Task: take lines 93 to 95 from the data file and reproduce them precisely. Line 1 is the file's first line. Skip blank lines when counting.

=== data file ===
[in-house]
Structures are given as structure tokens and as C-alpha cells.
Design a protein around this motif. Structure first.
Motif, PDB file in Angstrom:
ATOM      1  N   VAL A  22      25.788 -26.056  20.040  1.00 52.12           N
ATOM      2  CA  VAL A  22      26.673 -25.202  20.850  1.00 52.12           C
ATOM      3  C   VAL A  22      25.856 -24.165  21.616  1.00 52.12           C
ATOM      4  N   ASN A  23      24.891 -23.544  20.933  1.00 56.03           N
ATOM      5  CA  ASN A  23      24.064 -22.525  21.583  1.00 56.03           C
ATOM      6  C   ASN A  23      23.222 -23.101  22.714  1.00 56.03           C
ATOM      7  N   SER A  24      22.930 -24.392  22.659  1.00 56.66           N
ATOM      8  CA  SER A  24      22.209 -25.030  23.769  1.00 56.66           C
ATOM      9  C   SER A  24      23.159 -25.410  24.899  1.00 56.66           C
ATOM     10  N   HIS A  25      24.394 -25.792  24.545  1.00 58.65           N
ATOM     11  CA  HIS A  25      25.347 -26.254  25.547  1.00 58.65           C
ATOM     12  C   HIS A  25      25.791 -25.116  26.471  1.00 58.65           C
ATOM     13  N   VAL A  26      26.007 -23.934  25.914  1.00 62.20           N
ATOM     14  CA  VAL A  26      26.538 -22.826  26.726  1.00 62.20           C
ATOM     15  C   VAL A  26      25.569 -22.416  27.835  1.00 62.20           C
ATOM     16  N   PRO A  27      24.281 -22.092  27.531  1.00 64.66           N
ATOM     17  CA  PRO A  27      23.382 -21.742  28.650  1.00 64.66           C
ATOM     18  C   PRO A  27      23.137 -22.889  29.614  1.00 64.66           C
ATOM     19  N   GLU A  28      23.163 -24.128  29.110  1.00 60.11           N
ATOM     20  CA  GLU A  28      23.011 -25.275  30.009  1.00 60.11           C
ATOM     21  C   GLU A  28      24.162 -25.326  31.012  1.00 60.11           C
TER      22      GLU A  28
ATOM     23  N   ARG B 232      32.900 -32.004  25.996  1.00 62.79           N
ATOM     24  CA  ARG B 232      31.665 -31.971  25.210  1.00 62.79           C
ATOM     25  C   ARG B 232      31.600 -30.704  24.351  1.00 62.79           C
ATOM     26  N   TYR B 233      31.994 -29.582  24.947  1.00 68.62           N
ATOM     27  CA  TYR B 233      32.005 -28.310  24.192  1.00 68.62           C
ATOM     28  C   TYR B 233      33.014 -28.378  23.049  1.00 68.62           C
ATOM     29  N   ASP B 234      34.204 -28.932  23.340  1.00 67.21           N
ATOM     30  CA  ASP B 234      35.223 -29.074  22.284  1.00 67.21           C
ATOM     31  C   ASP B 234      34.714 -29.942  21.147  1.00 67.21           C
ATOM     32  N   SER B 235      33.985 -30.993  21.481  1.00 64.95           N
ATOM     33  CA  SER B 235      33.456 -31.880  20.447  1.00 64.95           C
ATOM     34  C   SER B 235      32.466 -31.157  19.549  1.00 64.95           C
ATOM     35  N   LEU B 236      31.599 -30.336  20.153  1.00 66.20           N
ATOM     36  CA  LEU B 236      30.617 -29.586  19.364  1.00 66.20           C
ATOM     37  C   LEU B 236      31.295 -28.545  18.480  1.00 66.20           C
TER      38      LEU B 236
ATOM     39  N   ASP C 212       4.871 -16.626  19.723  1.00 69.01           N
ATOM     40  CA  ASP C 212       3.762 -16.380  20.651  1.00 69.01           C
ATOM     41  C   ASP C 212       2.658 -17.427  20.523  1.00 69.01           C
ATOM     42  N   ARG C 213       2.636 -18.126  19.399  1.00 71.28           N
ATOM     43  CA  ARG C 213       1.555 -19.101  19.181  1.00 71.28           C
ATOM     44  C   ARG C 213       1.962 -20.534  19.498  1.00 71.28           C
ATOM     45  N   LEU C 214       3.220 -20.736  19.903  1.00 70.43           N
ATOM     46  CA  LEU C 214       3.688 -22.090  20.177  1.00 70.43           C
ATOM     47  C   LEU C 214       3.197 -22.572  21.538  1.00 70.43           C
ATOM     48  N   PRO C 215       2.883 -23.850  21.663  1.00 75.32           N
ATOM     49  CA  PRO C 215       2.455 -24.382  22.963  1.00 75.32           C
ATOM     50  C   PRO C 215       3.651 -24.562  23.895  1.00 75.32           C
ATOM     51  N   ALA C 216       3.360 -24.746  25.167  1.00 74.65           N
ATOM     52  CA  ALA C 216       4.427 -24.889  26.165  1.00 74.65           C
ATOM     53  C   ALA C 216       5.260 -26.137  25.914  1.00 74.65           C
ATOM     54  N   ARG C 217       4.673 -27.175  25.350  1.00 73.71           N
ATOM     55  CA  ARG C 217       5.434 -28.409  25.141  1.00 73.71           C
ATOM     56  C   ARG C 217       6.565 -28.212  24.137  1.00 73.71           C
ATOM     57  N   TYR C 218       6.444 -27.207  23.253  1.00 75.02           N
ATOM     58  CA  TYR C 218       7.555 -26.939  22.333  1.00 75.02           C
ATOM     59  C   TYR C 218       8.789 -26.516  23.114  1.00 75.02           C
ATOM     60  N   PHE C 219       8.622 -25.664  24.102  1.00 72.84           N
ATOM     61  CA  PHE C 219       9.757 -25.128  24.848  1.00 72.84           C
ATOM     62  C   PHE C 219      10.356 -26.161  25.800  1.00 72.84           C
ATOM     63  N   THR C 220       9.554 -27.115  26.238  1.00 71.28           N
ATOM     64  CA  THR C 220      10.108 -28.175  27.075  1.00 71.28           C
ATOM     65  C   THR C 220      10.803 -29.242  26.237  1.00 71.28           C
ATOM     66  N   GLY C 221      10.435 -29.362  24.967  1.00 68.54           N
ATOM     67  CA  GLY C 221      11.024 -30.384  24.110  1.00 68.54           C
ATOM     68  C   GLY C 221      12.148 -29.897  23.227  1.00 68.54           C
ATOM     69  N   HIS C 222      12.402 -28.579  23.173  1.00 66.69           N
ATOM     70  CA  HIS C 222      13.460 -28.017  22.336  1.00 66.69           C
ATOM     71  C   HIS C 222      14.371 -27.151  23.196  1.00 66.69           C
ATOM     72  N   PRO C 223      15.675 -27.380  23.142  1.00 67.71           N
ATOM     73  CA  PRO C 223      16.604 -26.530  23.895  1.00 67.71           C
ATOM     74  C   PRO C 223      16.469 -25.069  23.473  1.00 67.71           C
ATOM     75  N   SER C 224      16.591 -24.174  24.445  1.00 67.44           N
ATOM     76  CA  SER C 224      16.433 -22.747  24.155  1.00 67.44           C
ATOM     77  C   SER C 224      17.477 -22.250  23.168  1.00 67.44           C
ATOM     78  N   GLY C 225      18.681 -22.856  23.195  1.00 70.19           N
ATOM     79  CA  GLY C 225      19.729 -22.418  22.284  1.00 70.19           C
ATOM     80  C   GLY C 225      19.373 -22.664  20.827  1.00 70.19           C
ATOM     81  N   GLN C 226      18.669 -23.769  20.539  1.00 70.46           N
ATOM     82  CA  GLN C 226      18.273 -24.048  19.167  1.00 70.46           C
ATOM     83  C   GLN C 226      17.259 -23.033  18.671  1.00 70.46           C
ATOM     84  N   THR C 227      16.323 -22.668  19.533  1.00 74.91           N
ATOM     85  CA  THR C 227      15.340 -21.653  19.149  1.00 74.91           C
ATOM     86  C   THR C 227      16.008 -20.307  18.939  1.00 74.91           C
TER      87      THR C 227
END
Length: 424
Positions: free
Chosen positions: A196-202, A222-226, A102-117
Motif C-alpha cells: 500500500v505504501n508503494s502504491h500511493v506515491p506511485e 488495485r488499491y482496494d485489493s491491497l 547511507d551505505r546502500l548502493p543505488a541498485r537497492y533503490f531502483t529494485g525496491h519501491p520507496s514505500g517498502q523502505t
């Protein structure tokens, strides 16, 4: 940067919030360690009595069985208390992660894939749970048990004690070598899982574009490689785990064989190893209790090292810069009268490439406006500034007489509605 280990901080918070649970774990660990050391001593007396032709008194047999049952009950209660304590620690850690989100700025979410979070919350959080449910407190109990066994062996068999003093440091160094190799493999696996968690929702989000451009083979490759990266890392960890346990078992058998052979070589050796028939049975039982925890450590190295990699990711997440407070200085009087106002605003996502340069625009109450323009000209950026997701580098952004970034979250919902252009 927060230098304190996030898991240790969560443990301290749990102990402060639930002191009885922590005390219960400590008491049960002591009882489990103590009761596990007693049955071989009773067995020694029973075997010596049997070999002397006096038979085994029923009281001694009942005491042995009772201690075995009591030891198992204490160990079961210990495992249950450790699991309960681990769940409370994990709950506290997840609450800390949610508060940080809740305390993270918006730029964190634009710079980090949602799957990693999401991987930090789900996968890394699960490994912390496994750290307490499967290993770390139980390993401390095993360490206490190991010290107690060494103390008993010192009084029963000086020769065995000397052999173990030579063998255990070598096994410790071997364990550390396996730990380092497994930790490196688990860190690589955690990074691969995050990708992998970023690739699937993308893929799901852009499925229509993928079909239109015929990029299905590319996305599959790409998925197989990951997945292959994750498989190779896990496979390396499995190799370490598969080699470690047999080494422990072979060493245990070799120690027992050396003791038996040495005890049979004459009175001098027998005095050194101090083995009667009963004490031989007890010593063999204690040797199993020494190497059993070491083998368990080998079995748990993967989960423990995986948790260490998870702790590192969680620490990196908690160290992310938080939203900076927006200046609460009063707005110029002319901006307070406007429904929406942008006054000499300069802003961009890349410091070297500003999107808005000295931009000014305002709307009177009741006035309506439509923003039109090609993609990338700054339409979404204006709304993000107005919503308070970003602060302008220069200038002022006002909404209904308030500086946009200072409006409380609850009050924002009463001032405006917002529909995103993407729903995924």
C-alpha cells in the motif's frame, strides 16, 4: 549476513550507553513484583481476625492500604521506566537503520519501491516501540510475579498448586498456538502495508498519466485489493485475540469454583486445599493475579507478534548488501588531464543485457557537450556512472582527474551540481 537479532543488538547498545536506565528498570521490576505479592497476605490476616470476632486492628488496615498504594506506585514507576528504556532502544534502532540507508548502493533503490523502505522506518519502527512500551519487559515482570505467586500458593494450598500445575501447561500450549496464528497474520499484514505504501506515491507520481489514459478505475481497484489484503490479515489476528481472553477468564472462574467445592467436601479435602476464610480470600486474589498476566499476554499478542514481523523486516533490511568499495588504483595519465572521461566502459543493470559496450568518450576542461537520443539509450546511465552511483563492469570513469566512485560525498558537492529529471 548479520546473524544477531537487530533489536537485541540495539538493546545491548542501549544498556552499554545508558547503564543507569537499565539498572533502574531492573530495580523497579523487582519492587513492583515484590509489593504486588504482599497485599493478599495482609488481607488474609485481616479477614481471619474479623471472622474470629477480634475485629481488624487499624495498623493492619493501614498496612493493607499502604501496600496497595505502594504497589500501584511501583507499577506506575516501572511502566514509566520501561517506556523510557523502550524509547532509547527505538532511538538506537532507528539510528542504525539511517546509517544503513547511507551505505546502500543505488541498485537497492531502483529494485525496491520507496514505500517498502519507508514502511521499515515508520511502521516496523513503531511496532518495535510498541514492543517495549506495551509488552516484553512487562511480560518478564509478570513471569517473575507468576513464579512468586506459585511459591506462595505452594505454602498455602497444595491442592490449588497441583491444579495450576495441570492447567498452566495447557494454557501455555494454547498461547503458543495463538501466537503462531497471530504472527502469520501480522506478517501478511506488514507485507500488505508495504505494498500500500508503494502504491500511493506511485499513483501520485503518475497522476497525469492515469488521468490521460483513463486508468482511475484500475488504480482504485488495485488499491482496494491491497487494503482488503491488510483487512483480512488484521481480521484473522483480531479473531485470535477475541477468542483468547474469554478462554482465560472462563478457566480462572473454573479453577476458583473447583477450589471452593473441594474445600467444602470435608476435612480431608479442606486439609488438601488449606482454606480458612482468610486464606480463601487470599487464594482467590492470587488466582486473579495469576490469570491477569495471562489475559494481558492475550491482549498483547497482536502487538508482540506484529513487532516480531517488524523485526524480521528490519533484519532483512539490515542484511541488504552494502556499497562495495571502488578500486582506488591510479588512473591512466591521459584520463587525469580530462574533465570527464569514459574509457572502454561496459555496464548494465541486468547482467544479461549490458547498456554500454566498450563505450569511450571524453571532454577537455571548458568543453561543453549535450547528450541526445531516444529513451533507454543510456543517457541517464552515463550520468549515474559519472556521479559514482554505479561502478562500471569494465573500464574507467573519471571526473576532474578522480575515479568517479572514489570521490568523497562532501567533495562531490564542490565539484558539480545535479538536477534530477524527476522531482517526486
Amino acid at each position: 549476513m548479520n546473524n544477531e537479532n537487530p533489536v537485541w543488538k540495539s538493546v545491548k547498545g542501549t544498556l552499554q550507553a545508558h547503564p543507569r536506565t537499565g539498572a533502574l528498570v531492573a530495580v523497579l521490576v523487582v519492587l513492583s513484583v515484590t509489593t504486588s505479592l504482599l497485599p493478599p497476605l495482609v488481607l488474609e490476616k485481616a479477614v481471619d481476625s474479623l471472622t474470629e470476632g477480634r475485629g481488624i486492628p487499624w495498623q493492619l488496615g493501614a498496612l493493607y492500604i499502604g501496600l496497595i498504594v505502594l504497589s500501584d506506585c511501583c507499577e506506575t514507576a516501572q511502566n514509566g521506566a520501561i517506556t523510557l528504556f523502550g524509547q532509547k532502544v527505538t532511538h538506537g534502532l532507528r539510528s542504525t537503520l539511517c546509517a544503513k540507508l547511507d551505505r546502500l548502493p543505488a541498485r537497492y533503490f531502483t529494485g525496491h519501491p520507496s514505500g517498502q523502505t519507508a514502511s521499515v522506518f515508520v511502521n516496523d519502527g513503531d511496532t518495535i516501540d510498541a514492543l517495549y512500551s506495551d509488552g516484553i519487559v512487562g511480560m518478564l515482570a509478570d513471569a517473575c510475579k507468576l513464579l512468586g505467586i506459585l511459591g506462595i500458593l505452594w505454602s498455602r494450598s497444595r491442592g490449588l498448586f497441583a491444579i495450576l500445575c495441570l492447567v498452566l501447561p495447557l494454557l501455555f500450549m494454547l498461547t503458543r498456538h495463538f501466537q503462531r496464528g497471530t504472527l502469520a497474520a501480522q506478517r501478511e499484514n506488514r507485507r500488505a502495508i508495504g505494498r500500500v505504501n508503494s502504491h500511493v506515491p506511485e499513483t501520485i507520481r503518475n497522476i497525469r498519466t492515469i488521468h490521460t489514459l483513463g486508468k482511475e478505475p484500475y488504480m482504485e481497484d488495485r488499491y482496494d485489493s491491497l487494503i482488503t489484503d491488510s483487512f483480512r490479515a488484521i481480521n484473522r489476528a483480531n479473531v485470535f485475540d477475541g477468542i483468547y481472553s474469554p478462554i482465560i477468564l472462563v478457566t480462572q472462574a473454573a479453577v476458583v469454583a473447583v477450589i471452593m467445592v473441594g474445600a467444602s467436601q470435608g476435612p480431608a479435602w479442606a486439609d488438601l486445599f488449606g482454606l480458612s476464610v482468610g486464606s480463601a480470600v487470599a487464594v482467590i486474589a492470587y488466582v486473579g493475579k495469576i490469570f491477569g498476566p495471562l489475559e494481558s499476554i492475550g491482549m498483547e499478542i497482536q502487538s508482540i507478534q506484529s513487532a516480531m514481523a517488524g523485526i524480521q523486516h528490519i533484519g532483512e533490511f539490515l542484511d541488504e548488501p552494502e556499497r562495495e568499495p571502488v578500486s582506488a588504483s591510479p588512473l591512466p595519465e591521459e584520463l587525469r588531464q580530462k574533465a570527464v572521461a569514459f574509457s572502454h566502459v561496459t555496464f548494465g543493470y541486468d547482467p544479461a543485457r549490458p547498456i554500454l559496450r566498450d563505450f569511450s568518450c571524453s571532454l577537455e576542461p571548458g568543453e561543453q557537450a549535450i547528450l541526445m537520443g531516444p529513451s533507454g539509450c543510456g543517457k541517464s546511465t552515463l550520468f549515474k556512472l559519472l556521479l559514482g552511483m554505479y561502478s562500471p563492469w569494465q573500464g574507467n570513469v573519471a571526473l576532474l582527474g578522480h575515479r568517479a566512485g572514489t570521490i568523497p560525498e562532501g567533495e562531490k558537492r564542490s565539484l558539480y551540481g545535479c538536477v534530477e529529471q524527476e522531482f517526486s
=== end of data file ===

Length: 424
Positions: free
Chosen positions: A196-202, A222-226, A102-117